The PHOEBE fit overplotted in Fig. 3 provides support to the interpretation of TYC 3683-985-1 as an eclipsing binary consisting of a pair of similar, early-type, B-stars. However, it must be regarded as very preliminary since radial velocities from optical spectroscopy are not yet available, and this is a key information to better constrain the mass ratio parameter. Nevertheless, the fit is highly indicative that the secondary star is almost filling its Roche lobe, as illustrated by the plot of stellar shapes in Fig. 8. We therefore interpret a semi-detached binary system. Matter flowing across the inner Lagrangian point (L1) will form a circumstellar or circumbinary disc. Our two spectroscopic observations of TYC 3683-985-1 using the NOT telescope, showing both double-peaked Hα emission (see Fig. 4), agree well with this interpretation and confirm the Be nature of the system. In this case, free-free emission from the Be disc, mostly in ionised form, is expected to be responsible for an emission excess at long infrared wavelengths. This is well visible in the SED of TYC 3683-985-1 plotted in Fig. 9 as compared with the expected photospheric continuum from an early B-type main-sequence Kurucz model4.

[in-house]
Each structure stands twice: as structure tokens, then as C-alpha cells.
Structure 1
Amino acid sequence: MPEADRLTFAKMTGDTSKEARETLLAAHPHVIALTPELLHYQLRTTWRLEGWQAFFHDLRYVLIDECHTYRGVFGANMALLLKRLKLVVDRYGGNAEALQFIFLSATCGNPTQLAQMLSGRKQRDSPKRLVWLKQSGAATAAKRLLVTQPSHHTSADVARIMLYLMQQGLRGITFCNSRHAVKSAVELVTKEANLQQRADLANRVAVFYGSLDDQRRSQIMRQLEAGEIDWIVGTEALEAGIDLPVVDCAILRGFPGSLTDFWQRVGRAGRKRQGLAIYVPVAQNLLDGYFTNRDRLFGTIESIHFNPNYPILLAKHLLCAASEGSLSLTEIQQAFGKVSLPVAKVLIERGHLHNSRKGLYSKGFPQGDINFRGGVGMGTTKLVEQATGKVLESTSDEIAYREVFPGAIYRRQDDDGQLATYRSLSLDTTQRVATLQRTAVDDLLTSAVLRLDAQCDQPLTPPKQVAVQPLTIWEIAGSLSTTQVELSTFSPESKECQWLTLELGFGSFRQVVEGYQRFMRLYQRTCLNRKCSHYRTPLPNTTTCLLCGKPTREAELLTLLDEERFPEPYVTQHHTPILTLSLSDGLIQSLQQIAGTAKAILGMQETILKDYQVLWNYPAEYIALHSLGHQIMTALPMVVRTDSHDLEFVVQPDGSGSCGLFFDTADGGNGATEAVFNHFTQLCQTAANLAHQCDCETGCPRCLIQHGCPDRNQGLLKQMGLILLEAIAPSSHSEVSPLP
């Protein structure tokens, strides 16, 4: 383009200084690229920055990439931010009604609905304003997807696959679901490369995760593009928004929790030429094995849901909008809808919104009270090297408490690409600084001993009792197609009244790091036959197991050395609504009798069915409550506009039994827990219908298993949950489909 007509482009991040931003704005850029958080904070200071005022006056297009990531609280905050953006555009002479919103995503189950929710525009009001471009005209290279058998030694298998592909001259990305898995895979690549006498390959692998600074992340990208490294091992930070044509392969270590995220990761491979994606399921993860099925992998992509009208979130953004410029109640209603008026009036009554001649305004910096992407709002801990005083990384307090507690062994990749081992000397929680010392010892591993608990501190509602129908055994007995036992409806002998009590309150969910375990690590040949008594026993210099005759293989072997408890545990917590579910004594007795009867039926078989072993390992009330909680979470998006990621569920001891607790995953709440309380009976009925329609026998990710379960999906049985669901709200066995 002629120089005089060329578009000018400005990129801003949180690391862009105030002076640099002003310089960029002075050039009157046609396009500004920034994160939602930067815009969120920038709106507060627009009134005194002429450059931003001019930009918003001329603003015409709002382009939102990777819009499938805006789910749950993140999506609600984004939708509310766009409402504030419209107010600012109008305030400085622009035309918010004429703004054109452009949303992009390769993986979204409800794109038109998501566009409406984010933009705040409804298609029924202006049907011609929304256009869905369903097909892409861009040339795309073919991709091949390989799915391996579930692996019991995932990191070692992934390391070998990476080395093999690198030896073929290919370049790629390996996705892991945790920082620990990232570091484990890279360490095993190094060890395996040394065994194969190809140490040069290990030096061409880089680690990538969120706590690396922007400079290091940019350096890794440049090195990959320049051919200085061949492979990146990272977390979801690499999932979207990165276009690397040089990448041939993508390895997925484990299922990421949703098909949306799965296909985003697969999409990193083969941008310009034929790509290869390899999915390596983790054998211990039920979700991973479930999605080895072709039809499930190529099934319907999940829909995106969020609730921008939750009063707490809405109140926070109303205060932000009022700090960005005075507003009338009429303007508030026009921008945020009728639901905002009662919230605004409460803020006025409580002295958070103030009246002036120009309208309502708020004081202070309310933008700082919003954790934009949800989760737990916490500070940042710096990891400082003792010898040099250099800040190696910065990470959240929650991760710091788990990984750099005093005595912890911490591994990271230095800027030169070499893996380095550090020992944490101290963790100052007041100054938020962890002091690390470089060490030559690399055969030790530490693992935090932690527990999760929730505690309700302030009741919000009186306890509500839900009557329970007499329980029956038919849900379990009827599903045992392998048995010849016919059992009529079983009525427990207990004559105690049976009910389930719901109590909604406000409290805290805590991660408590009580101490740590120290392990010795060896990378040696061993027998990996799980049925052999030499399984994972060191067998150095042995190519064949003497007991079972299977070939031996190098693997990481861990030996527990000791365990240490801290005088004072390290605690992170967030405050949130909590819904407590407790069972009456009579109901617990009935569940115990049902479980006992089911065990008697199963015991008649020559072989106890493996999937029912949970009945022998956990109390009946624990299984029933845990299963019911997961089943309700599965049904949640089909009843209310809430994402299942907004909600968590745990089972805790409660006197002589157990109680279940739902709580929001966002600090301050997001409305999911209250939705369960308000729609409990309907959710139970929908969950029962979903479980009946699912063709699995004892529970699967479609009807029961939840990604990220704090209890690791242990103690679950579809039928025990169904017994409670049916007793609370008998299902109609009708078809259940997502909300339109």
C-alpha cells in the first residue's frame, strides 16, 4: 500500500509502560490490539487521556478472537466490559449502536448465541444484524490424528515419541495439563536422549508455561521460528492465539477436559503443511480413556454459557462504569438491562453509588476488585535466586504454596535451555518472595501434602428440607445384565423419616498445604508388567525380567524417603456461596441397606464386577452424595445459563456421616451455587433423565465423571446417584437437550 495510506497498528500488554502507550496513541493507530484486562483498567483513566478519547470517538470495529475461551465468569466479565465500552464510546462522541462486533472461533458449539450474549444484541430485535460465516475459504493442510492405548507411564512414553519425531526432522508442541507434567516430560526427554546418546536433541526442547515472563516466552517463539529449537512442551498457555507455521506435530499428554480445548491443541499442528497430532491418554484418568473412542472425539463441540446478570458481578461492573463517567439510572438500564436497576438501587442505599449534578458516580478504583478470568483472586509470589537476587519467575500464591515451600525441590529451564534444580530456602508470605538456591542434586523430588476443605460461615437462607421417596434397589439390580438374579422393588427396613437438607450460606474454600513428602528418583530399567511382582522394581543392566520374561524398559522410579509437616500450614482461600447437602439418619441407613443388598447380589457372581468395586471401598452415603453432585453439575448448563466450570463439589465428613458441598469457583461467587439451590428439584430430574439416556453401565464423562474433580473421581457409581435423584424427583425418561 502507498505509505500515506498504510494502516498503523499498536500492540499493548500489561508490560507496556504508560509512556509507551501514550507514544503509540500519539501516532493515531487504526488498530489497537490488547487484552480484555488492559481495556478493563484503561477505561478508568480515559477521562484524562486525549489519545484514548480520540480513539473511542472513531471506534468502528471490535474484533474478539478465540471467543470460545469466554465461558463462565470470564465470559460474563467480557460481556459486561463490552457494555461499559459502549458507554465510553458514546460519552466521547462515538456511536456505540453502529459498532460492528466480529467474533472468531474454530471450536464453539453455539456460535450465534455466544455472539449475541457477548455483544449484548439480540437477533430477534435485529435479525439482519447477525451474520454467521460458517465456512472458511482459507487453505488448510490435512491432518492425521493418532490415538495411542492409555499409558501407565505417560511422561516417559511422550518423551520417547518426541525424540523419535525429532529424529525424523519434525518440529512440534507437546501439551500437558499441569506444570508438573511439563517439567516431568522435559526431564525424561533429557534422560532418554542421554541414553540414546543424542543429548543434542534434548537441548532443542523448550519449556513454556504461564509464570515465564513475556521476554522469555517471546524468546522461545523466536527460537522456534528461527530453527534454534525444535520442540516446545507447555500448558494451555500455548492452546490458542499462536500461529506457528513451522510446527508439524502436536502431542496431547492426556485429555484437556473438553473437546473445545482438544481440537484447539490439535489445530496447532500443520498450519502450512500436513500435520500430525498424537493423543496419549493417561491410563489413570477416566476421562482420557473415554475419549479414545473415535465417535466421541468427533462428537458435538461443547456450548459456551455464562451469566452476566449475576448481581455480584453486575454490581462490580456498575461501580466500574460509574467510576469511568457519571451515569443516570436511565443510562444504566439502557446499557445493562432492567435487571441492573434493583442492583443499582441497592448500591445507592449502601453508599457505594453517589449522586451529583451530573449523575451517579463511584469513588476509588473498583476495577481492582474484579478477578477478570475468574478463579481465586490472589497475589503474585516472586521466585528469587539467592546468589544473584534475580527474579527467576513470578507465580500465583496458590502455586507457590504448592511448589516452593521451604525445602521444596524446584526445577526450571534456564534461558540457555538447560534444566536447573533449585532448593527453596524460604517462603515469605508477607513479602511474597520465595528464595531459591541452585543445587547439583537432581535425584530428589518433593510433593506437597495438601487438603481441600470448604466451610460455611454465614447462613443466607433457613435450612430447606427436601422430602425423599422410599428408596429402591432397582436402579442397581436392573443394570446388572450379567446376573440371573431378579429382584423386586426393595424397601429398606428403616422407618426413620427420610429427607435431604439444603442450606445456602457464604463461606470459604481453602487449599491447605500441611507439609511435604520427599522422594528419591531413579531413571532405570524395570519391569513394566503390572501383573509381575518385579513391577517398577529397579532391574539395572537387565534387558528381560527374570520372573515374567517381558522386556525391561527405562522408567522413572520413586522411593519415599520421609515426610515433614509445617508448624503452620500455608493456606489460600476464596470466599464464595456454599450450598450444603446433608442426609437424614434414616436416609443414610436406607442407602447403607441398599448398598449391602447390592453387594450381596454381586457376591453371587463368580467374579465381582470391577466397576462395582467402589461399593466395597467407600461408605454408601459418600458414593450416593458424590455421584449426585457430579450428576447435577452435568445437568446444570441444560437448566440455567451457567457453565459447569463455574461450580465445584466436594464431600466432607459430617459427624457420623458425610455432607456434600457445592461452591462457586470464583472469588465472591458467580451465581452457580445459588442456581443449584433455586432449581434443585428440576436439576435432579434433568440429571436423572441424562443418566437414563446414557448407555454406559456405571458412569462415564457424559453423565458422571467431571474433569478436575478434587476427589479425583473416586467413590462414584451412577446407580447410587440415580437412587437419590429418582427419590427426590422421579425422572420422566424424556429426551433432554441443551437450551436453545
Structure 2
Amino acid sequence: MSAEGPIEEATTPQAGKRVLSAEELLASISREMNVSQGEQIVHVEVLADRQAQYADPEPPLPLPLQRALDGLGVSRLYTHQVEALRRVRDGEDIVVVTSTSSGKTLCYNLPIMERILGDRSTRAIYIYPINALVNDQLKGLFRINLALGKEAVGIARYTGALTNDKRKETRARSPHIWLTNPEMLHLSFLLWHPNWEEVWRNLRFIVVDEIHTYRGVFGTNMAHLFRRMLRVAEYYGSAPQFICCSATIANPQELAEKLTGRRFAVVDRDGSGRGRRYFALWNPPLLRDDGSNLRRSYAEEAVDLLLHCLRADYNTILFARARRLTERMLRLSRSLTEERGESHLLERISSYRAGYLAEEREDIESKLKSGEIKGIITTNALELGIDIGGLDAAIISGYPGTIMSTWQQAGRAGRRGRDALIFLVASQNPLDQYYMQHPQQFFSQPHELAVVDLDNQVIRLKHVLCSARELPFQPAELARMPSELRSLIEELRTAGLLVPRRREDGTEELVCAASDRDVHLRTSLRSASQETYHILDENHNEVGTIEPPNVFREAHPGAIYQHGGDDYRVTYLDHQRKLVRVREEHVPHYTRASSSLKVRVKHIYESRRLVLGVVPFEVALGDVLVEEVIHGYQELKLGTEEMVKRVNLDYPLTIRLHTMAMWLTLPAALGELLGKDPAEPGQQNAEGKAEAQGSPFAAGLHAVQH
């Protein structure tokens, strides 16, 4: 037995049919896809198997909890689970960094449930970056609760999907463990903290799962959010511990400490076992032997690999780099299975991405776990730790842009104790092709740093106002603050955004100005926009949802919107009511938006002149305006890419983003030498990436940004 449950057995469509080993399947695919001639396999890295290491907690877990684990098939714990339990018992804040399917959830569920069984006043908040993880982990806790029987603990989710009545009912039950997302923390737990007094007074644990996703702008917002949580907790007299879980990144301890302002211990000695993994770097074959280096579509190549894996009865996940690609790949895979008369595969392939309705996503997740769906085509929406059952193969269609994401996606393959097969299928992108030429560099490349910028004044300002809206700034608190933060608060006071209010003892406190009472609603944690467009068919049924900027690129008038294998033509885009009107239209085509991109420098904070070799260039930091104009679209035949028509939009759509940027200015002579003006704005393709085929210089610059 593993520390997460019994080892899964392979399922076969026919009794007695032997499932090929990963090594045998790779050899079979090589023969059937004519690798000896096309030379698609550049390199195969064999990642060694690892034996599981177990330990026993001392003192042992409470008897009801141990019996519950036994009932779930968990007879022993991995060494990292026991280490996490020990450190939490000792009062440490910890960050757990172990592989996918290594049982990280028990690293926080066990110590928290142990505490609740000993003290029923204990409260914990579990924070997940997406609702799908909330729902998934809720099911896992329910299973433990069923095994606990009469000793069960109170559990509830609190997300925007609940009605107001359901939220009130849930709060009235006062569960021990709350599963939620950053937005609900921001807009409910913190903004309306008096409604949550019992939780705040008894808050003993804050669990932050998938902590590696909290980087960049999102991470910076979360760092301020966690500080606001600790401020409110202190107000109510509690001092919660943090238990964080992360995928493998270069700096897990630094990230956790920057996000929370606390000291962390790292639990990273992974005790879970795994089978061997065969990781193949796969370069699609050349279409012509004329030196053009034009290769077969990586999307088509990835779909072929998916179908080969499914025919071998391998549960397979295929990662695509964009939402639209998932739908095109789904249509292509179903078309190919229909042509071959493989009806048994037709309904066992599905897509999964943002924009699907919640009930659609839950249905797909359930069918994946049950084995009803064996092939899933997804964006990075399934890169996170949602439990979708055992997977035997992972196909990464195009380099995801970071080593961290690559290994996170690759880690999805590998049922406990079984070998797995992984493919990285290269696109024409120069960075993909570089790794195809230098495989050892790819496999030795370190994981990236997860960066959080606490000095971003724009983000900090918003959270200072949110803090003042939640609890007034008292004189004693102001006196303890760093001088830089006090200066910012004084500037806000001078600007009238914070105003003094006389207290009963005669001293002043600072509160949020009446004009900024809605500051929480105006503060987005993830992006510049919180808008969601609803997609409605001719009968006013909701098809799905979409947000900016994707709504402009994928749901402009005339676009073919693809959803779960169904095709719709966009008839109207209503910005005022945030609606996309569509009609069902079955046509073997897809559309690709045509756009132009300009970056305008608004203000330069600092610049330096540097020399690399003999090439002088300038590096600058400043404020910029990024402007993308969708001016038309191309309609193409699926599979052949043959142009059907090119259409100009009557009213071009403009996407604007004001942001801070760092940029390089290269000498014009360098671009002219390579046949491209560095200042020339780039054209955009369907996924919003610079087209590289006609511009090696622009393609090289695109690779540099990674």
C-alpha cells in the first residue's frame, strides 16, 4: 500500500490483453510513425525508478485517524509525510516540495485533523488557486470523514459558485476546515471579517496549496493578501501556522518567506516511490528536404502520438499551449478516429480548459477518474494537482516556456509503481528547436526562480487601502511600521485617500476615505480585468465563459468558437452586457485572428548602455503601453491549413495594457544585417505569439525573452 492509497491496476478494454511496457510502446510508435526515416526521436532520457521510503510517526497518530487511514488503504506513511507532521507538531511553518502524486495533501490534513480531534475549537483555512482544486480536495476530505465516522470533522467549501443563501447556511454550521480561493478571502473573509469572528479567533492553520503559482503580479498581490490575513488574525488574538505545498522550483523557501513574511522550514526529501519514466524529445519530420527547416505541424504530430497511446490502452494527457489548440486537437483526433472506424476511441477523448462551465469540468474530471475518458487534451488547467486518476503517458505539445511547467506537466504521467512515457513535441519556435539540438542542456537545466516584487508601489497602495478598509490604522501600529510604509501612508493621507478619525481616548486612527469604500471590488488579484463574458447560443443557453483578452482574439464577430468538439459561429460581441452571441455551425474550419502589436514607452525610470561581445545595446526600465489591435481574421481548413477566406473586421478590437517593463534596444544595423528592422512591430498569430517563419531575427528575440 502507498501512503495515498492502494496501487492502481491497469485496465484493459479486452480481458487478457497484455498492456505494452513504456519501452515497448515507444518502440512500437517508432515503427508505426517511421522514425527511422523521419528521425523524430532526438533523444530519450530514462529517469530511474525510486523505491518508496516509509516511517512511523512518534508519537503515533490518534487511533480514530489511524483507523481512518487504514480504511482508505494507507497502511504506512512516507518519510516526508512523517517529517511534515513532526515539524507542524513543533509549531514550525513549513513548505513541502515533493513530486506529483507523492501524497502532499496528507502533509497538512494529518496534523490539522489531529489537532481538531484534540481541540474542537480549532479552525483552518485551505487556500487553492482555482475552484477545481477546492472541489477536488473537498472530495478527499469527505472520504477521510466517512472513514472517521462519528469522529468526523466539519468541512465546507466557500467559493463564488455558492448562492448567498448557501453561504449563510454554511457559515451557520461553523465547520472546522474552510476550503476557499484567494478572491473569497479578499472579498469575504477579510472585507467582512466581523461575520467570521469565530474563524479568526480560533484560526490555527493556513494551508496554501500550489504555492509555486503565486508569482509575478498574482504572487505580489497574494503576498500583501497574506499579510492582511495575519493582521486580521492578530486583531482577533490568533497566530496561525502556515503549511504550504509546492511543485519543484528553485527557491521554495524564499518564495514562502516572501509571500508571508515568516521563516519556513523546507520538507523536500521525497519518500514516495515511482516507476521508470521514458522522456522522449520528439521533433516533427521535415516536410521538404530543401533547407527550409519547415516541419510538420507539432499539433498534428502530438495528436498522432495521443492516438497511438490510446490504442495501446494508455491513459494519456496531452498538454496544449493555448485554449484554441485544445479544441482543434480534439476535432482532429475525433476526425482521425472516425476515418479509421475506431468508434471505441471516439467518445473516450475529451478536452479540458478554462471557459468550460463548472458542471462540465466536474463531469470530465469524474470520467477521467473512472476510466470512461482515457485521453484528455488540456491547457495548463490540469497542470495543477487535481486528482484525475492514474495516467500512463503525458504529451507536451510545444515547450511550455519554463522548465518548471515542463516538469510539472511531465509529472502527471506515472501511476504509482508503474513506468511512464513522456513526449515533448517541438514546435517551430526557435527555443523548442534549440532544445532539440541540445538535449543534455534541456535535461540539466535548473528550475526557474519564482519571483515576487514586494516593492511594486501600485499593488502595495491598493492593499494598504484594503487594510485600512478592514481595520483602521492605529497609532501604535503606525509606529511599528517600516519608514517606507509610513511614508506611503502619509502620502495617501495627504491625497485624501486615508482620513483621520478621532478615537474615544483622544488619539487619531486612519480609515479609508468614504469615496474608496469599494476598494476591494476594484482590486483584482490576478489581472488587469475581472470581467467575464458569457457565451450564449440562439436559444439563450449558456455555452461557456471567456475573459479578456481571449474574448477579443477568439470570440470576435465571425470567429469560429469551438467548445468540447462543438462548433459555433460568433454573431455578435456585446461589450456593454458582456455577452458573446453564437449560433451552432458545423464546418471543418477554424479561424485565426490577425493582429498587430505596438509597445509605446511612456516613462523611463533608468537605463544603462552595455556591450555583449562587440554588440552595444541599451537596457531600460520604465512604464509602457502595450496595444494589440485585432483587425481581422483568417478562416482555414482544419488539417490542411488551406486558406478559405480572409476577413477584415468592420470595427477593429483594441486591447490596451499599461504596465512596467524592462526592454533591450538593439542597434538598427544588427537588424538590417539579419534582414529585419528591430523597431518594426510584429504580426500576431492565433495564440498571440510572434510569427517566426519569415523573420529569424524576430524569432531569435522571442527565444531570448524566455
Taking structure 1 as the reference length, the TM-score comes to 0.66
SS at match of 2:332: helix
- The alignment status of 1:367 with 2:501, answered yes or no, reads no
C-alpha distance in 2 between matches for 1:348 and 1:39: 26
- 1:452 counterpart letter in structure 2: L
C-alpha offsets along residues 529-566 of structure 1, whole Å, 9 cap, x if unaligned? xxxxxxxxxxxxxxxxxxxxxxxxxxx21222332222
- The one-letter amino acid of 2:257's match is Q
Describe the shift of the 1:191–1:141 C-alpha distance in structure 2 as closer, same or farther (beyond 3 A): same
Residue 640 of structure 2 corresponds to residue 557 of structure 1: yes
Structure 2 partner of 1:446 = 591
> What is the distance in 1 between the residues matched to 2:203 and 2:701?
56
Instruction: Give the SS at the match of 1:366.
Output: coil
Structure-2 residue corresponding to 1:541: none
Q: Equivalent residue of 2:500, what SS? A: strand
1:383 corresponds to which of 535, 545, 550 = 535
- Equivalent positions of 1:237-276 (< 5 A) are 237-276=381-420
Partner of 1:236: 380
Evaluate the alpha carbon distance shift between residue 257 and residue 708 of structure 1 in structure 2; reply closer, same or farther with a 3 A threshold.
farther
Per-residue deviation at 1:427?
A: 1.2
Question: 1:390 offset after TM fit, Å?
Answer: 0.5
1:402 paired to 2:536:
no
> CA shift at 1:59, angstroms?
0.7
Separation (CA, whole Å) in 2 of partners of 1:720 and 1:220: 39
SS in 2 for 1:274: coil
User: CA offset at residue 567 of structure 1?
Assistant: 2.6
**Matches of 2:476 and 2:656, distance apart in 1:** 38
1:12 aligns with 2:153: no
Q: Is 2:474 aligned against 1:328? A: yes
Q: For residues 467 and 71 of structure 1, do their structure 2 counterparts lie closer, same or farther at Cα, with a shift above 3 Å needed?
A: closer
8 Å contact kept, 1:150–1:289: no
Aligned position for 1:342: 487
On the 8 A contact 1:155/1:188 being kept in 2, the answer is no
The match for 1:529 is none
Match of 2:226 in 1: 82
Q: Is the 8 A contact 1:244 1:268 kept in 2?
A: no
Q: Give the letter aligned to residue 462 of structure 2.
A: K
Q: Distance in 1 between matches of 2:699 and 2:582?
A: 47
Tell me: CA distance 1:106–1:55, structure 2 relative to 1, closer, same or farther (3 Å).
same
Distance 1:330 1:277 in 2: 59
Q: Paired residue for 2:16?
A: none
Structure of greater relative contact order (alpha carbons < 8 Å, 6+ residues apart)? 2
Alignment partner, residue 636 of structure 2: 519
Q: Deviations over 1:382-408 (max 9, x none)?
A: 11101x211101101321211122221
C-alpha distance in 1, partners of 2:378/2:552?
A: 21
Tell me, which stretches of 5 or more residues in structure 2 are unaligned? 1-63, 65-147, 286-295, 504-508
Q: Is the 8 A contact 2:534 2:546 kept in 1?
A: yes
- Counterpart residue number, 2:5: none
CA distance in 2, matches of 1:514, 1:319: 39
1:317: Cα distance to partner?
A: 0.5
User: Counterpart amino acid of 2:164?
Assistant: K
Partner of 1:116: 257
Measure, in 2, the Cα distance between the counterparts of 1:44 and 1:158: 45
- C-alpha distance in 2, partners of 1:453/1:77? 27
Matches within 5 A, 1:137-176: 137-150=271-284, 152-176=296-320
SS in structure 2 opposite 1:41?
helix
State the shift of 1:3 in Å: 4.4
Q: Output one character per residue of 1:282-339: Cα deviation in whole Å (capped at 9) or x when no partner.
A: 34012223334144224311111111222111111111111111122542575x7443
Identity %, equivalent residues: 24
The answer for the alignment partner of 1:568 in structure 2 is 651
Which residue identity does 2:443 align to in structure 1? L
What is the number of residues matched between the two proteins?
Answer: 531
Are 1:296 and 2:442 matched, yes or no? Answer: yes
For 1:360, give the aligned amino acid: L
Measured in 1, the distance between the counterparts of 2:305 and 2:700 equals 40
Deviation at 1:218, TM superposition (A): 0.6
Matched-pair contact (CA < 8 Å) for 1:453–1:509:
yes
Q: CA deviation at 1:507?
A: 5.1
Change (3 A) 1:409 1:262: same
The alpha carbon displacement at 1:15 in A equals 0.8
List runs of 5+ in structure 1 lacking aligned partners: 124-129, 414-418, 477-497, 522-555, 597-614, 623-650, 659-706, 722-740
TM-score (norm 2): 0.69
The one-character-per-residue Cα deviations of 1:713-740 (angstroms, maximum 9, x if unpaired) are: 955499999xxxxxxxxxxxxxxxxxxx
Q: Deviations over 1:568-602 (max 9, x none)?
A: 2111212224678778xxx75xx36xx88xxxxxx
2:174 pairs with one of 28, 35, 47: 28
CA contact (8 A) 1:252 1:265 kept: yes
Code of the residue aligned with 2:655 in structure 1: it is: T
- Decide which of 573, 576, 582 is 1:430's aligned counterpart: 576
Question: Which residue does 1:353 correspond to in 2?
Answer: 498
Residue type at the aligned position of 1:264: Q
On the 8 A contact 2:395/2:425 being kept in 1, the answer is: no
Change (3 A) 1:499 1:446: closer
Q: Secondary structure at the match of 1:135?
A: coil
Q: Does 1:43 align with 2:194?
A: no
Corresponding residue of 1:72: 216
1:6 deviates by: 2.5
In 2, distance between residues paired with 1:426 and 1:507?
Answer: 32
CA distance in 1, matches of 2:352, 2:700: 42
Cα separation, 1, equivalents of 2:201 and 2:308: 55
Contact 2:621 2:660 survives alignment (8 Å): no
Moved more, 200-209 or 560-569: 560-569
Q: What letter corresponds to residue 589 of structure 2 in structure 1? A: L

thumbnail Fig. 9

Dereddened SED of TYC 3683-985-1 from optical to infrared wavelengths (dashed line) built from the UJT magnitudes in the maximum and far-infrared data from the WISE bands (Wright et al. 2010). The thick line has been plotted for comparison purposes. It corresponds to a Kurucz model for an isolated B3V star normalised to the B-band emission level where the free-free excess from the circumstellar disc is almost negligible.

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Assuming a Keplerian rotationally dominated profile, the Hα double-peak separation ΔV can provide a measure of the Be disc outer radius given by Huang (1972): (1)where R1 is the radius of the primary star and vsini and ΔV parameters have been estimated from optical spectroscopy. Adopting R1 = 4.2R from our PHOEBE fit, the expected circumstellar disc radius is Rdisc ≃ 35R. This value exceeds the semi-major axis given in Table 1, thus suggesting that this may be a circumbinary disc in TYC 3683-985-1.

Finally, the brightness level in the light curves in Fig. 3 does not have a strict repeatability from orbit to orbit, with 0.01–0.05 mag minor differences. We tentatively attribute this to physical effects not taken into account in the binary model, such as Be disc variability, a time-variable hot spot, or intrinsic variability of one of the stellar components.

4.2. Nature of Swift J0132.9+5932/ 2MASS 01325529+5932158